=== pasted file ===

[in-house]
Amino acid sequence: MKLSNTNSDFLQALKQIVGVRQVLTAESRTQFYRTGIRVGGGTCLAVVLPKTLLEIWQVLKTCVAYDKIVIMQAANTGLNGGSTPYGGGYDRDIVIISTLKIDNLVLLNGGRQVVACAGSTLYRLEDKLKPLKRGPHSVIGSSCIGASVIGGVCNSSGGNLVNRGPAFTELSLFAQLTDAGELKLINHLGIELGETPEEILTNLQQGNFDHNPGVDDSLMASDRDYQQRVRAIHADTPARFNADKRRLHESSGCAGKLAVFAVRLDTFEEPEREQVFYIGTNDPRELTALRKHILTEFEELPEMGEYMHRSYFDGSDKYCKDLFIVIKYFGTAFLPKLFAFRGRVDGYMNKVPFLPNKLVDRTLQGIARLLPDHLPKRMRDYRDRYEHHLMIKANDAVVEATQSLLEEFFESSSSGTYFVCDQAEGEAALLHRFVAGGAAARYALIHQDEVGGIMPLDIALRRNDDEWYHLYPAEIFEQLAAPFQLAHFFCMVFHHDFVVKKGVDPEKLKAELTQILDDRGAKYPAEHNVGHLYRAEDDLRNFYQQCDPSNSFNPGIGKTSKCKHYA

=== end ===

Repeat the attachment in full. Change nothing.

[in-house]
Amino acid sequence: MKLSNTNSDFLQALKQIVGVRQVLTAESRTQFYRTGIRVGGGTCLAVVLPKTLLEIWQVLKTCVAYDKIVIMQAANTGLNGGSTPYGGGYDRDIVIISTLKIDNLVLLNGGRQVVACAGSTLYRLEDKLKPLKRGPHSVIGSSCIGASVIGGVCNSSGGNLVNRGPAFTELSLFAQLTDAGELKLINHLGIELGETPEEILTNLQQGNFDHNPGVDDSLMASDRDYQQRVRAIHADTPARFNADKRRLHESSGCAGKLAVFAVRLDTFEEPEREQVFYIGTNDPRELTALRKHILTEFEELPEMGEYMHRSYFDGSDKYCKDLFIVIKYFGTAFLPKLFAFRGRVDGYMNKVPFLPNKLVDRTLQGIARLLPDHLPKRMRDYRDRYEHHLMIKANDAVVEATQSLLEEFFESSSSGTYFVCDQAEGEAALLHRFVAGGAAARYALIHQDEVGGIMPLDIALRRNDDEWYHLYPAEIFEQLAAPFQLAHFFCMVFHHDFVVKKGVDPEKLKAELTQILDDRGAKYPAEHNVGHLYRAEDDLRNFYQQCDPSNSFNPGIGKTSKCKHYA